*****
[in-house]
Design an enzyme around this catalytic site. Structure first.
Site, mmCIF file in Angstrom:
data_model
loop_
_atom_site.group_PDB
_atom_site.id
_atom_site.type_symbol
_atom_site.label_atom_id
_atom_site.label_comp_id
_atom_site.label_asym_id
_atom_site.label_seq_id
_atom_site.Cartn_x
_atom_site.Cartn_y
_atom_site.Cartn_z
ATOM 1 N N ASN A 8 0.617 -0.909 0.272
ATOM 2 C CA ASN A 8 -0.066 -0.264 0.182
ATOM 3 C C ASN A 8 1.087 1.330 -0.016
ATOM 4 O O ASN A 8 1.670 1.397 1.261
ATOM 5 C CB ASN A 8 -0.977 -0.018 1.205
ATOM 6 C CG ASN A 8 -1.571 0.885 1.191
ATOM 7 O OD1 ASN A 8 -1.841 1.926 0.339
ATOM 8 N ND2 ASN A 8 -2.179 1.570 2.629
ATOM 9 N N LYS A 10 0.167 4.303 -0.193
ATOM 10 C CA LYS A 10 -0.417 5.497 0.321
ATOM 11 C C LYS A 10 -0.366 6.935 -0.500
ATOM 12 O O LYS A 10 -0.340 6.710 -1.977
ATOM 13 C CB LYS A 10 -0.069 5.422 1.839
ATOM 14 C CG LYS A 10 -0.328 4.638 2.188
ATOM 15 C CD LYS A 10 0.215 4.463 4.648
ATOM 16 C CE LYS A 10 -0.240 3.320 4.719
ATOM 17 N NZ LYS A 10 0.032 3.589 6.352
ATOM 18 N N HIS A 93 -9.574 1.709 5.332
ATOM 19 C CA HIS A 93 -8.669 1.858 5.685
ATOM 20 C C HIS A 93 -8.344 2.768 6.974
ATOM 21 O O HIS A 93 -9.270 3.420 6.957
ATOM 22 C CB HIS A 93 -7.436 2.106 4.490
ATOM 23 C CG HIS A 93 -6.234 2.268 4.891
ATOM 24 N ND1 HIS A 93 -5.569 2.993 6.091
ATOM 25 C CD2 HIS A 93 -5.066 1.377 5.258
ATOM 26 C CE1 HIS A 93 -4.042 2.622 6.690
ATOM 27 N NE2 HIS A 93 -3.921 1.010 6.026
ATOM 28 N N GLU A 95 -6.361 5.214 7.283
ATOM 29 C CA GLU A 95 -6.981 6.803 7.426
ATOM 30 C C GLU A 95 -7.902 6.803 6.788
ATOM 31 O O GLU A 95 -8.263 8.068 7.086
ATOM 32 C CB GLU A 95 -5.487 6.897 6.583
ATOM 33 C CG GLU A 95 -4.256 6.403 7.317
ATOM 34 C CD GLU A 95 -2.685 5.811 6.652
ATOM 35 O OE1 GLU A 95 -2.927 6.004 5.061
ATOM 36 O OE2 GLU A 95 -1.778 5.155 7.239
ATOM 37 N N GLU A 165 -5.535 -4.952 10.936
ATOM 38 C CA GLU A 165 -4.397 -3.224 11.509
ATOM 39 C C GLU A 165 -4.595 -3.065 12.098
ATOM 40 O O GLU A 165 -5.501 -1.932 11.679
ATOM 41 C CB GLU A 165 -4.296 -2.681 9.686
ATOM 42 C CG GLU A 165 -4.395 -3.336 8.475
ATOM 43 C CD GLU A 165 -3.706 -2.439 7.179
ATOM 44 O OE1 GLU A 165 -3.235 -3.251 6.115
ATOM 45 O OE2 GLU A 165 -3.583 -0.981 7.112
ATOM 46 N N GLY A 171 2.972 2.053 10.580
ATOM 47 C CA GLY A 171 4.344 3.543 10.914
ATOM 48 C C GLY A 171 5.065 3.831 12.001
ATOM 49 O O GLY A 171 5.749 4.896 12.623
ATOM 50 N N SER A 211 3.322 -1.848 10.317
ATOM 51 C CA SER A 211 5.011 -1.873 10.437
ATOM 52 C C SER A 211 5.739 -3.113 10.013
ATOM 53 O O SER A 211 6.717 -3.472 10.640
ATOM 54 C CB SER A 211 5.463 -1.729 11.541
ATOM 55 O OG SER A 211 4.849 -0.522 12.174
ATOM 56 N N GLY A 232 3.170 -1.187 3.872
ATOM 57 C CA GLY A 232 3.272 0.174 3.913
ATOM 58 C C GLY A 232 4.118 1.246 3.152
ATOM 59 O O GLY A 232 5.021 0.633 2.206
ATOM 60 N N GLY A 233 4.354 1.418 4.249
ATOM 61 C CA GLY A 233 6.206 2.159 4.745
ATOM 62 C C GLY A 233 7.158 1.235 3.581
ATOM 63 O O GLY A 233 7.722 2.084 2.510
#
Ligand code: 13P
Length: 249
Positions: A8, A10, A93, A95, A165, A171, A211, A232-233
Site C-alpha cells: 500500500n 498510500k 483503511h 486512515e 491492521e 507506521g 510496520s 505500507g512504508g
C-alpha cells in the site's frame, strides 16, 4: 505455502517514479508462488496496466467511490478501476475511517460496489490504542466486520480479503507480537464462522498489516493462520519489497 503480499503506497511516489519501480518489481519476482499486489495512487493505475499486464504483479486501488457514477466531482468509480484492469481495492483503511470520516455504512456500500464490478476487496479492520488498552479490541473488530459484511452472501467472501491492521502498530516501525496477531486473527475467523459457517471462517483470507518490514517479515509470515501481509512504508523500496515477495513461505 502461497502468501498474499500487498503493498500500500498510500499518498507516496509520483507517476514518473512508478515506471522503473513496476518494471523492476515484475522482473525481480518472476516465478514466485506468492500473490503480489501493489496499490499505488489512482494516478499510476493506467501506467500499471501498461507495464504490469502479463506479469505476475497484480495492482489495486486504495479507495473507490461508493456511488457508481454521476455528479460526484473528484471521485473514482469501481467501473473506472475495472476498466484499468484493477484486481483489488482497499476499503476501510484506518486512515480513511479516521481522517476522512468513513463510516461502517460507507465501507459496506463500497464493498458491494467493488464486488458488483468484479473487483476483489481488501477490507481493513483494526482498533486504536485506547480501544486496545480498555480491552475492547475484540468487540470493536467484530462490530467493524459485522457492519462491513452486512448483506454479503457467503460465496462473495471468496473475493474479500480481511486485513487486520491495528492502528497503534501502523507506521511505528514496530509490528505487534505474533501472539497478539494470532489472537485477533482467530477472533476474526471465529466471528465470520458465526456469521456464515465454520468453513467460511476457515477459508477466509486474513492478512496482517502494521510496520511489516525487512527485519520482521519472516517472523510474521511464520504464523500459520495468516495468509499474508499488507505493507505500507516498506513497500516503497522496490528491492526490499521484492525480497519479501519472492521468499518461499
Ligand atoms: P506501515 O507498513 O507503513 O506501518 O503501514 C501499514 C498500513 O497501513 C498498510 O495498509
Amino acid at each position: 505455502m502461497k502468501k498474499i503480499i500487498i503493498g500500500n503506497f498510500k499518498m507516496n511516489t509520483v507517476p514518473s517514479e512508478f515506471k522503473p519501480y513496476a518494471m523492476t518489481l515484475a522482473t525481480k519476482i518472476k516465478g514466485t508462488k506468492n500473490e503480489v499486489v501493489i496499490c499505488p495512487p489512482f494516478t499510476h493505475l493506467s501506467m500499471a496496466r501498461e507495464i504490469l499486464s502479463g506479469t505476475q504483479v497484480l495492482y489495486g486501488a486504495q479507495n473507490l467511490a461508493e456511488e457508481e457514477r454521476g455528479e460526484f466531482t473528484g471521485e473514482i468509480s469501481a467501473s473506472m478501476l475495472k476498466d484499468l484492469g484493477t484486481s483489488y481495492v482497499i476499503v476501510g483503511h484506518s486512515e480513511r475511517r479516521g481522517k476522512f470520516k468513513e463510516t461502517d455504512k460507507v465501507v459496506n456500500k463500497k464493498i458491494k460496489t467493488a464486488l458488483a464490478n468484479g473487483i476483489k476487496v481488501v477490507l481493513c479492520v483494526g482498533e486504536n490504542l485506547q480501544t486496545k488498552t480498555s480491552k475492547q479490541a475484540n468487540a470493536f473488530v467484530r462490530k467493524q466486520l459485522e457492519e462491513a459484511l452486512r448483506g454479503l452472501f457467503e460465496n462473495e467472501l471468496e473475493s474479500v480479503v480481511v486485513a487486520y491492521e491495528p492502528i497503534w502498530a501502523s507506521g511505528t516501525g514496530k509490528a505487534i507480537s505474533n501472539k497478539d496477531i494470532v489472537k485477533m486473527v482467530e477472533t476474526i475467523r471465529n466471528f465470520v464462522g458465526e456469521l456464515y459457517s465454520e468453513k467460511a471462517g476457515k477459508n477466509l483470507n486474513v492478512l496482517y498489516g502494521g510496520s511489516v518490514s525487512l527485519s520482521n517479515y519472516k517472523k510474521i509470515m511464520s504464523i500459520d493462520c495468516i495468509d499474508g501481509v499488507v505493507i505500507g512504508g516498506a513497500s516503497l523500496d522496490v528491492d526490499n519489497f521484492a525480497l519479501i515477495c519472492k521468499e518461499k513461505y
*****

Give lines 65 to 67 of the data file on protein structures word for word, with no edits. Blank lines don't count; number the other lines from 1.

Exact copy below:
ATOM 50 N N SER A 211 3.322 -1.848 10.317
ATOM 51 C CA SER A 211 5.011 -1.873 10.437
ATOM 52 C C SER A 211 5.739 -3.113 10.013